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76-year-old becomes oldest to finish safari (w/video)

By Julie Garcia
June 17, 2014 at 1:17 a.m.

Roger Zimmerman tries out his sleeping sling as his group does final preparations on their boat for the Texas Water Safari on Wednesday evening in Victoria. The slings are used so the teammates can take short breaks to refresh themselves while the rest of the team continues to paddle.

SEADRIFT - Roger Zimmerman is an ironman, according to his Texas Water Safari teammate Kennith Startz.

"I could not imagine someone who is 76 being able to do the things he did - it just doesn't enter your mind like that," Startz, 50, said.

Zimmerman, a Victoria native who competed in the first safari in 1963, became the oldest person to finish the 260-mile canoe race in its 52-year history.

Zimmerman, Startz, John Valdivia and Santiago Marroquin made up boat No. 3333, "Frankenbarge," which finished the race in 74 hours and 52 minutes. The team arrived in Seadrift about an hour before the awards ceremony started Tuesday afternoon.

Marroquin, who finished his second consecutive safari, said Zimmerman did great on the course, which was more difficult than in previous years.

"It was an incredible run - so memorable," Marroquin said. "He really put up an incredible run for 76 and showed that he has the intestinal fortitude to go."

After the team pulled their boat out of the bay, they stood in line for plates full of fried catfish, coleslaw and potatoes.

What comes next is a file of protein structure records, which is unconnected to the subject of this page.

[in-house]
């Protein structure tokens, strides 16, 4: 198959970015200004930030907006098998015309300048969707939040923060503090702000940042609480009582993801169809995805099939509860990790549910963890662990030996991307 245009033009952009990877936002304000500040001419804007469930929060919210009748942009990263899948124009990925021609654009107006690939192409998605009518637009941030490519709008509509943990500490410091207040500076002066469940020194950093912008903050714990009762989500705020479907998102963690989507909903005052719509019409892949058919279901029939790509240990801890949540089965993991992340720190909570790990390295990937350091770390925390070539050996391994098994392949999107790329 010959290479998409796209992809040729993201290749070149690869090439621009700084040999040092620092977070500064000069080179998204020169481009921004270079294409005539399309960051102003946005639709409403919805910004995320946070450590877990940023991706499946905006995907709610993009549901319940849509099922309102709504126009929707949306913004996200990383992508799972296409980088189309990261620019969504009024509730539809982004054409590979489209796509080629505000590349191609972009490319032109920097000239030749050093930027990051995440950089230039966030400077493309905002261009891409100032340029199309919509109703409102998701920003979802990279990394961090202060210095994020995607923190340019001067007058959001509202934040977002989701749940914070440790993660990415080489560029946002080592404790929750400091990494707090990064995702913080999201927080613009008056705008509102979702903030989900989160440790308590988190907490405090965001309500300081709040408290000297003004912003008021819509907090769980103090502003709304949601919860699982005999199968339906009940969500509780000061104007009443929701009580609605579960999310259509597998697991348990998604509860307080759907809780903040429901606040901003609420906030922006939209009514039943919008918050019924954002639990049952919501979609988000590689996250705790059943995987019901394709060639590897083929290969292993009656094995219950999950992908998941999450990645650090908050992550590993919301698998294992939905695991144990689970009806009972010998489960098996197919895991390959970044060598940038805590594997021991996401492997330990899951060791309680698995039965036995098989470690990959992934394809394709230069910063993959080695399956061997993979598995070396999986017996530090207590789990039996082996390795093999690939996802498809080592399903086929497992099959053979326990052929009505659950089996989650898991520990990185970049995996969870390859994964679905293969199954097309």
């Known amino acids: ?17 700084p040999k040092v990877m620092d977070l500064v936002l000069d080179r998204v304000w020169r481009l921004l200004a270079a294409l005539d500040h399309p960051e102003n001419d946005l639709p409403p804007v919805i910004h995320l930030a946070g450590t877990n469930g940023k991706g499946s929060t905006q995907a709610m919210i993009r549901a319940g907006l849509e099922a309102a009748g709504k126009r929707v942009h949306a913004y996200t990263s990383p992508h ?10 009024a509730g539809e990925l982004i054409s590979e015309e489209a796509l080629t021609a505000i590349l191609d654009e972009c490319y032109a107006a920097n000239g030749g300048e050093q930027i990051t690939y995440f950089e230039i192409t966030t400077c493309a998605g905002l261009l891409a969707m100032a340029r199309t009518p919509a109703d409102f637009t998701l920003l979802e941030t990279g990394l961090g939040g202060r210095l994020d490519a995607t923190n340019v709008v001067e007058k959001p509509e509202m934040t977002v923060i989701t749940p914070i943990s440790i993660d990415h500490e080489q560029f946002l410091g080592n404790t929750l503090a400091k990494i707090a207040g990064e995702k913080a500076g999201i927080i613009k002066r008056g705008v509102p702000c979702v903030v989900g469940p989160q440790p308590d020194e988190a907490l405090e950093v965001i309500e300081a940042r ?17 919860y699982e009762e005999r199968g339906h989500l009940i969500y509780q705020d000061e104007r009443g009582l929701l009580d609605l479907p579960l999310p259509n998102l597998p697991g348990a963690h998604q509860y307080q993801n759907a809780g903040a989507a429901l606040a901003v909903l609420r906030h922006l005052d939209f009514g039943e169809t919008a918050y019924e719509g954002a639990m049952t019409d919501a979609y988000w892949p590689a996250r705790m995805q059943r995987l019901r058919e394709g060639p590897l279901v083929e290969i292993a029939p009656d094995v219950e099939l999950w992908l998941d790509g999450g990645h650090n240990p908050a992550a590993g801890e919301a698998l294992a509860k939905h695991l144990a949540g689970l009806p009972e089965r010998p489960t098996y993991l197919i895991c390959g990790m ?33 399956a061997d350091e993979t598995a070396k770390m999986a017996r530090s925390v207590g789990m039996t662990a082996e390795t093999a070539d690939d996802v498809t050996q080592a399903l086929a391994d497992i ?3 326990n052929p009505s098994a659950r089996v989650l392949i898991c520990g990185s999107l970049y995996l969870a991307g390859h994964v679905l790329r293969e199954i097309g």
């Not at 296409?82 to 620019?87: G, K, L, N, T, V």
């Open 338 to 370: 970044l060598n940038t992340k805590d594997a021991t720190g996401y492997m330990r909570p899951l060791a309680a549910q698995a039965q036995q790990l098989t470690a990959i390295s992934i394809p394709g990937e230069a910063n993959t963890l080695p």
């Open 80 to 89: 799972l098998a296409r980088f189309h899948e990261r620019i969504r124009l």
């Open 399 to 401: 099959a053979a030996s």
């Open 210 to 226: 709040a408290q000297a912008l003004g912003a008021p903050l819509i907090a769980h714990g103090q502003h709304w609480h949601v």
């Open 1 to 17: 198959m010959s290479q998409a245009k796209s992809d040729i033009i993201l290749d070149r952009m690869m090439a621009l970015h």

Zimmerman said he is very proud to finish his fifth safari.

"It's my last hurrah, definitely," he said. "But then again, I say that after every water safari."

The team full of safari veterans said that this was the most difficult race they can remember.

"The first day was the hardest, but after that, I toughened up," Zimmerman said. "The log jams through Gonzales were tough - basically had to crawl."

Valdivia said the race was challenging on all levels - from flipping out of the boat to a water pump failure to the strong wind in the bay.

"The river and the bay didn't stop throwing punches all the way down," Valdivia said.

"It definitely lived up its name of the 'toughest canoe race,'" Marroquin added.

At one point near the checkpoint in Gonzales, a band of wild hogs swam across the river. The team had to back-paddle to not hit them.

"Those are the cool things you see that you'll never see anywhere else," Valdivia said.

Zimmerman remembers receiving an award for finishing the safari over the age of 40. Now in his mid-70s, he likes that he pushed for the record.

"There's a number of us who tried to push the age limit back," Zimmerman said. "I always thought that because you're old, it doesn't mean you can't be in shape."

Valdivia and Marroquin said Startz was the anchor for the team.

"There's no quit in him; his pace is just go, go go," Marroquin said. "In his words, he doesn't get tired."

This is Startz's ninth finish. He is only one shy of getting in the Texas Water Safari Hall of Fame.

"If they didn't have it, I already would have been out of this stuff," he said. "The insanity is just too much. Every guy wants the perfect race, a clean race. We obviously didn't have one. But we're good; everything came out all right."



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